The effect of vegan diet on bone loss has not been studied. The aim of this study was to examine the association between veganism and bone loss in postmenopausal women.
The study was designed as a prospective longitudinal investigation with 210 women, including 105 vegans and 105 omnivores. Femoral neck (FN) bone mineral density (BMD) was measured in 2008 and 2010 by dual-energy X-ray absorptiometry (Hologic QDR4500). The incidence of vertebral fracture was ascertained by X-ray report. Serum levels of C-terminal telopeptide of type I collagen (βCTX) and N-terminal propeptide of type I procollagen (PINP) were measured by Roche Elecsys assays. Serum concentration of 25-hydroxyvitamin D and parathyroid hormone were measured by electrochemiluminescence.
Among the 210 women who initially participated in the study in 2008, 181 women had completed the study and 29 women were lost to follow-up. The rate of loss in FN BMD was −1.91±3.45%/year in omnivores and −0.86±3.81%/year (P=0.08) in vegans. Lower body weight, higher intakes of animal protein and lipid, and corticosteroid use were associated with greater rate of bone loss. The 2-year incidence of fracture was 5.7% (n=5/88) in vegans, which was not significantly different from omnivores (5.4%, n=6/93). There were no significant differences in βCTX and PINP between vegans and omnivores. The prevalence of vitamin D insufficiency in vegans was higher than in omnivores (73% versus 46%; P=0.0003).
Vegan diet did not have adverse effect on bone loss and fracture. Corticosteroid use and high intakes of animal protein and animal lipid were negatively associated with bone loss.
Vegetarianism is increasingly popular in western societies. Recent estimates suggest that between 3 and 5% of the population (Gottfredson et al., 2005; Vinnari et al., 2009) is on vegetarian diets, and this proportion is increasing with time. In Asia, although there is no official statistics, the number of vegetarians is believed to be higher than in western countries. Vegetarianism is seen as a healthy lifestyle, because it has been suggested that individuals on vegetarian diets have lower risk of chronic diseases and lower risk of mortality than the general population, although the difference in mortality between vegetarian and non-vegetarian groups is a controversial issue (Chang-Claude et al., 2005; Key et al., 2009a, 2009b).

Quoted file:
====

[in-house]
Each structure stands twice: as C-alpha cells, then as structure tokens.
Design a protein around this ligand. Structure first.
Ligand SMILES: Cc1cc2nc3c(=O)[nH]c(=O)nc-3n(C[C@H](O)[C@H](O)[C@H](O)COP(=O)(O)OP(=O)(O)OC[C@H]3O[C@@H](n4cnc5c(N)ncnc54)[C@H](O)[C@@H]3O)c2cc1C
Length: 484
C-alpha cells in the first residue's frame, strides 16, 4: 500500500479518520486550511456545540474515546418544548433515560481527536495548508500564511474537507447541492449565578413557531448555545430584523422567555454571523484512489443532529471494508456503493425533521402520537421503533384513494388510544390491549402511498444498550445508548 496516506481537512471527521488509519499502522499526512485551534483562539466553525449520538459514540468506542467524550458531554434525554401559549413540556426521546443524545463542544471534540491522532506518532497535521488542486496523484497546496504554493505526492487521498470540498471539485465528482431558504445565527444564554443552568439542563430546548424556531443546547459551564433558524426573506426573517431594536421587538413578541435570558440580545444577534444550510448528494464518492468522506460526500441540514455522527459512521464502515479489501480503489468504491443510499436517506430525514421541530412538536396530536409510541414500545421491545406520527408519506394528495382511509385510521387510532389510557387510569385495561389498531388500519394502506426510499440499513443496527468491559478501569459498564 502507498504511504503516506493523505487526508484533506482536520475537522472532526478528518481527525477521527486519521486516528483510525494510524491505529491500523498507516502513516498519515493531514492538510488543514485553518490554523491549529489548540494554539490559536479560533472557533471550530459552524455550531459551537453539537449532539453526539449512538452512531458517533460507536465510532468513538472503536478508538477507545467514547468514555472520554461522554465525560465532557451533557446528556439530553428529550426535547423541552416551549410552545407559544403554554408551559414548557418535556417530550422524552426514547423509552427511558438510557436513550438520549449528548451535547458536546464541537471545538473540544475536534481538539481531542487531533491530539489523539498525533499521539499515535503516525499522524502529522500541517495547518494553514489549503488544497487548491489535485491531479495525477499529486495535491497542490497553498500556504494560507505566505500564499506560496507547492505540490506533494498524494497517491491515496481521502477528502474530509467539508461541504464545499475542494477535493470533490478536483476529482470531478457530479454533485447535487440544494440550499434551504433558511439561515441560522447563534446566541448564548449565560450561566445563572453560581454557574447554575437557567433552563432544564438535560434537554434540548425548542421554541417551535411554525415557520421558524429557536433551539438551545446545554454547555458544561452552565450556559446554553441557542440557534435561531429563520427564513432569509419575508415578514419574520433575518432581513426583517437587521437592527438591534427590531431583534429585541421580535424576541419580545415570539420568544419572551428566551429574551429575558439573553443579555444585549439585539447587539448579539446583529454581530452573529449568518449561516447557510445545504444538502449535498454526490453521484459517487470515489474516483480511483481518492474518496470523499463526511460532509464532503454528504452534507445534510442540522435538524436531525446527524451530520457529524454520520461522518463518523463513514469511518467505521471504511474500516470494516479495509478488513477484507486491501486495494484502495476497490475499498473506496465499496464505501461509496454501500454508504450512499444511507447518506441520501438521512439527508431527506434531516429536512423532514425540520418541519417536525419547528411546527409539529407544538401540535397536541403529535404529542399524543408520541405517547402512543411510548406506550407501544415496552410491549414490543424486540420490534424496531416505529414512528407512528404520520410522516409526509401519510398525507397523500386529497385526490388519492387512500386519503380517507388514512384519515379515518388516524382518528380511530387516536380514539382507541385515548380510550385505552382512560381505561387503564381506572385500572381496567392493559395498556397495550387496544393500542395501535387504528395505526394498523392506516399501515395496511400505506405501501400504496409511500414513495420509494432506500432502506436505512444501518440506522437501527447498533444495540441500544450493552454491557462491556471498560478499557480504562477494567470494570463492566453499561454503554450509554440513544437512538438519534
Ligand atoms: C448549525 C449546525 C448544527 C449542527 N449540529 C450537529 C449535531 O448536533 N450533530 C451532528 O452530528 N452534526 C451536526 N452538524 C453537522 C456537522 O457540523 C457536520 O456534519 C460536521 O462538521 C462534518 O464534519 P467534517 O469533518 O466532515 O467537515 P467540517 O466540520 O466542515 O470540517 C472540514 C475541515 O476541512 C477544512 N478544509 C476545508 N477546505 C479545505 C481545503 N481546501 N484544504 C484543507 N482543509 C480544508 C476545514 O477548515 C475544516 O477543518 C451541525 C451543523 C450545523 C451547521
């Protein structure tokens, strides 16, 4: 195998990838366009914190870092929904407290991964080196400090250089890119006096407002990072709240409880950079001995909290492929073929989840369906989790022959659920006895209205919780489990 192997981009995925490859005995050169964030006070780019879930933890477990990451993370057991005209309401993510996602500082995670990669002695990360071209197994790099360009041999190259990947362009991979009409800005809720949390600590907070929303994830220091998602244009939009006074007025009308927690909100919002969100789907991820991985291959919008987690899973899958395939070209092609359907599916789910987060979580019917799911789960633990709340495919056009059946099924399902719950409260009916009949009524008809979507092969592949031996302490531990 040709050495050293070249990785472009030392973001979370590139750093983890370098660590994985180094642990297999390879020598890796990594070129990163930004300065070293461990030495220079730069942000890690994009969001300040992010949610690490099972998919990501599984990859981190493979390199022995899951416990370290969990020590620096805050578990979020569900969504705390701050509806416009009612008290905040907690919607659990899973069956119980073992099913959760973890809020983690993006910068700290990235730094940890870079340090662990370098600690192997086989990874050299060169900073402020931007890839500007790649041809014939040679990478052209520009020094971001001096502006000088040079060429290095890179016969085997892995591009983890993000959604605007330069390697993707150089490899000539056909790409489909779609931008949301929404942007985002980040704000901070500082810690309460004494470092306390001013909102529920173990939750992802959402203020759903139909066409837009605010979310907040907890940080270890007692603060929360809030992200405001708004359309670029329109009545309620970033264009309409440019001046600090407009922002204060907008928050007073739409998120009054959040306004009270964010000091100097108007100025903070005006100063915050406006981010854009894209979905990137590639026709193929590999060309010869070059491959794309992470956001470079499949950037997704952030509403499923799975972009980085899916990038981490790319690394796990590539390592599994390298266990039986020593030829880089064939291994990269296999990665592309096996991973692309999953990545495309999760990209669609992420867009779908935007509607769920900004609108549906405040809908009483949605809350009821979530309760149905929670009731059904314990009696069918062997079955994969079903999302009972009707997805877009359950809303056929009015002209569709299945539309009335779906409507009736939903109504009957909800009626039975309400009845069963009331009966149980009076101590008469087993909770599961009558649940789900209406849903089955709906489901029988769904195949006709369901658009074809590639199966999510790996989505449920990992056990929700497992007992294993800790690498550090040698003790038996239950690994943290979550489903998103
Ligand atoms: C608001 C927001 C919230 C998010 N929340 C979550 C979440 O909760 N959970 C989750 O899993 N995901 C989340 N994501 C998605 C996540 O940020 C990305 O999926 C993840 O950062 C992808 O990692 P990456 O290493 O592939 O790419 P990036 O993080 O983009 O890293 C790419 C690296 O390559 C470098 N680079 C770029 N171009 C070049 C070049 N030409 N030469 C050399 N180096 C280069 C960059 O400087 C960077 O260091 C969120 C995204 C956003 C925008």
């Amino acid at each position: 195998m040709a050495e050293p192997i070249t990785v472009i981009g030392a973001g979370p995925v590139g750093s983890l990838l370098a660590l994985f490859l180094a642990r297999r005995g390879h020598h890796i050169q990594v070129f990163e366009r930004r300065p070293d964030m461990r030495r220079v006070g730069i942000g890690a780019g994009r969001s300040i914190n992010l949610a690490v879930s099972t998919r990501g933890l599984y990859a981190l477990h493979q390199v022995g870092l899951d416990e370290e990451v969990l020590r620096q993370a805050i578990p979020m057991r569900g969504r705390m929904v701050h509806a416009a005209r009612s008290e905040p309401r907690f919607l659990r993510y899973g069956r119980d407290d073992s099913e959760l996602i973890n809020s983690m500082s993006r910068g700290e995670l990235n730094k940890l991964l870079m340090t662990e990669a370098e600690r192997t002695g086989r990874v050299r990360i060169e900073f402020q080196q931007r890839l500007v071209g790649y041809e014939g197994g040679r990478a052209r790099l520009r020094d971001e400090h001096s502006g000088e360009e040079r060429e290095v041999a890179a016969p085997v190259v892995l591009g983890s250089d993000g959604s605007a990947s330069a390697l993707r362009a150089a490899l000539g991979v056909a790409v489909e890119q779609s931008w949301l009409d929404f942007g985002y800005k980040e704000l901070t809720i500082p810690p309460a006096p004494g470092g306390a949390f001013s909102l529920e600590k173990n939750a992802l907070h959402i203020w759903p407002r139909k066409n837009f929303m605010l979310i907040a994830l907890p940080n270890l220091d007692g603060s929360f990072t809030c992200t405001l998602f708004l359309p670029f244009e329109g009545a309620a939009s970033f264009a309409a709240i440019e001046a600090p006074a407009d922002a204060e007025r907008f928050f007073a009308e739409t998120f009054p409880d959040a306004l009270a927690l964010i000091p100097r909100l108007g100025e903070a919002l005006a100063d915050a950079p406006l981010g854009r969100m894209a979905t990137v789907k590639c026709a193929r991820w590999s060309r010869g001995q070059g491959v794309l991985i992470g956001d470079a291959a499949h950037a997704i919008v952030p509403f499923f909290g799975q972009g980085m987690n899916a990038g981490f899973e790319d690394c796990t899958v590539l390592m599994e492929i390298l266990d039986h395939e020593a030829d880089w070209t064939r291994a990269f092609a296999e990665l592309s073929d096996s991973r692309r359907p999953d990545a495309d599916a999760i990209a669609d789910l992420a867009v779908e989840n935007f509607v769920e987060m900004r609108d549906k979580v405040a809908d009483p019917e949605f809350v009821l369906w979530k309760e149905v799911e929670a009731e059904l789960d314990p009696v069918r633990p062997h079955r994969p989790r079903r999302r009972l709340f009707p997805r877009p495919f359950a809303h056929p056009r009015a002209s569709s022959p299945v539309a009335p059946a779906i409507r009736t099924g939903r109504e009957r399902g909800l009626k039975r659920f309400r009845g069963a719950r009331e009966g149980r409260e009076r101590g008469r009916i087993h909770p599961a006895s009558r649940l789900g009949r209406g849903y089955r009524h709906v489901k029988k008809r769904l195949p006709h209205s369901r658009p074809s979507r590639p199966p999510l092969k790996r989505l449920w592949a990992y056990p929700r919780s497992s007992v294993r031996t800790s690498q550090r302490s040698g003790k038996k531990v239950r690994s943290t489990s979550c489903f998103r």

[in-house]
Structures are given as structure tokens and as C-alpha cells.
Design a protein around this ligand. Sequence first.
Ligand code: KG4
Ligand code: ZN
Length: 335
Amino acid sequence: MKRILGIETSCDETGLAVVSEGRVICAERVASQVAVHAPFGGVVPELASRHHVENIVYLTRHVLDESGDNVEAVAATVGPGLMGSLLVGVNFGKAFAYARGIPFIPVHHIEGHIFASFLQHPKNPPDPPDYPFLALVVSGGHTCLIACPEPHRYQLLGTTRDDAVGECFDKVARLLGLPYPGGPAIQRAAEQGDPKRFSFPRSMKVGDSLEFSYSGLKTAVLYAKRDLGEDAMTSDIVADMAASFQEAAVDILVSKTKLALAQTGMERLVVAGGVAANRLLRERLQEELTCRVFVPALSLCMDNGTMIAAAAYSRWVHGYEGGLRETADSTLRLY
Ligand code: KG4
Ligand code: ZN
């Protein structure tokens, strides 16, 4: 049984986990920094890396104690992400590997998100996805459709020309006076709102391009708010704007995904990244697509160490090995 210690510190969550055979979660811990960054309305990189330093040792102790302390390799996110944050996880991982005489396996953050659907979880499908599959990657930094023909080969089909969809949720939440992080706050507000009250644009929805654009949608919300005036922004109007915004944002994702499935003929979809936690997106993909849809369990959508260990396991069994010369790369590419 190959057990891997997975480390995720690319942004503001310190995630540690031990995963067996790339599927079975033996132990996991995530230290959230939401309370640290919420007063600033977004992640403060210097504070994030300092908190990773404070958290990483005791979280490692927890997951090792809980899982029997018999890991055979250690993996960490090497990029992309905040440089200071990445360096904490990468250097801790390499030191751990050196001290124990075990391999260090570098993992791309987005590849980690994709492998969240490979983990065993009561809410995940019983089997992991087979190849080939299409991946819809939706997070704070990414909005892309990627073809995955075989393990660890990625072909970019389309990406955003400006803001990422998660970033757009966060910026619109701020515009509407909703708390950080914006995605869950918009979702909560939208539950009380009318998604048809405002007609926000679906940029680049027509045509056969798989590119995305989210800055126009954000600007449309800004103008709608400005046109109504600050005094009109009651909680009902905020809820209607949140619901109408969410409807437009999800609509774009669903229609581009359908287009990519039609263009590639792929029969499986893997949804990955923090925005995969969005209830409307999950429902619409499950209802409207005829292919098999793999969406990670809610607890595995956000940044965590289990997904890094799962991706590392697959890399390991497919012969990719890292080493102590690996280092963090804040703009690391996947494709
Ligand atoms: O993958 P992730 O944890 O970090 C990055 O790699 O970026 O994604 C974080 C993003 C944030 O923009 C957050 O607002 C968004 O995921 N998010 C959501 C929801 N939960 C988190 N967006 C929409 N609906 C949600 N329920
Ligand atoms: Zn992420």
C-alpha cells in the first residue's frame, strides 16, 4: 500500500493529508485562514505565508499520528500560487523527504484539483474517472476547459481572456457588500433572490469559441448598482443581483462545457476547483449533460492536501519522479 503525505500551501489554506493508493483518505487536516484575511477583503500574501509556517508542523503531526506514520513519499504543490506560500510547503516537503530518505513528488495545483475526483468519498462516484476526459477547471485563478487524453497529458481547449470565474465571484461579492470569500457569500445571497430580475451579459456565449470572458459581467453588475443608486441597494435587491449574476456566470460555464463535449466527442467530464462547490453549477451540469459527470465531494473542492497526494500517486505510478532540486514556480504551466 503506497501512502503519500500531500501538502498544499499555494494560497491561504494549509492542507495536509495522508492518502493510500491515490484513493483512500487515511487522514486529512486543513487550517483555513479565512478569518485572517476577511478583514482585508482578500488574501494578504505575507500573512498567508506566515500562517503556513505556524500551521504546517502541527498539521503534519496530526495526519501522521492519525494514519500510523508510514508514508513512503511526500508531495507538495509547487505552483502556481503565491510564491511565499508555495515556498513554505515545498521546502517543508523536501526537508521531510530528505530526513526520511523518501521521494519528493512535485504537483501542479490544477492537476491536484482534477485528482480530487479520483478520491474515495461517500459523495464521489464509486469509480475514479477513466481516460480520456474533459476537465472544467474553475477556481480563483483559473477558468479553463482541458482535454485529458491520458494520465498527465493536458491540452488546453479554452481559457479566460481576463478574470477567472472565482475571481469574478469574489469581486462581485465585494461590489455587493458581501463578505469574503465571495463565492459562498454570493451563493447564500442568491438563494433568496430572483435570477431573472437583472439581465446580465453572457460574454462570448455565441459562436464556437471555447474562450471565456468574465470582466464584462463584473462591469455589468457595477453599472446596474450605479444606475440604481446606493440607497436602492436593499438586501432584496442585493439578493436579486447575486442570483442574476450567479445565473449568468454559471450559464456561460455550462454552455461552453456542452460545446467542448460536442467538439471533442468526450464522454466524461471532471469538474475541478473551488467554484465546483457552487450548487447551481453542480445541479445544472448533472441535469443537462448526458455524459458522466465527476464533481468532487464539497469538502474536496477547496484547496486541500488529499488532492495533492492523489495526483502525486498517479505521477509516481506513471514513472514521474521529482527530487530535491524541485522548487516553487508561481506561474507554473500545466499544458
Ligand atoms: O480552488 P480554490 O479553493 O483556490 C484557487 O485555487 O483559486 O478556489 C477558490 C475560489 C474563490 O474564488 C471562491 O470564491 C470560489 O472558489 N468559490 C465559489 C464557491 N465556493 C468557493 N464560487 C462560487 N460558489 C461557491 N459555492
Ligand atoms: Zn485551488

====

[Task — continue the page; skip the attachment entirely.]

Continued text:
Bone health among vegetarians has been a concern for some time. Although bone mineral density (BMD) in vegetarians, particularly vegans, is lower than non-vegetarians (Ho-Pham et al., 2009a); the risk of fracture in vegetarians is not different from that in non-vegetarians (Appleby et al., 2007). In a previous study, we have shown that Buddhist nuns strictly on vegan diet had similar BMD with non-vegetarians, despite the former group having much lower calcium intakes than the latter (Ho-Pham et al., 2009b). BMD in postmenopausal women is the sum of peak bone mass (achieved between the age of 20 and 30 years) and subsequent age-related bone loss (Riggs et al., 1998). However, there have been no longitudinal studies to assess the rate of bone loss among vegetarians. Bone loss is resulted from an imbalance between two opposing processes of bone formation and bone resorption, but few studies have examined the association between bone turnover markers and bone loss in vegetarians.
In this prospective study, we sought to assess the rate of bone loss and fracture risk, and their associations with bone turnover markers and vitamin D status in a group of vegans and omnivores.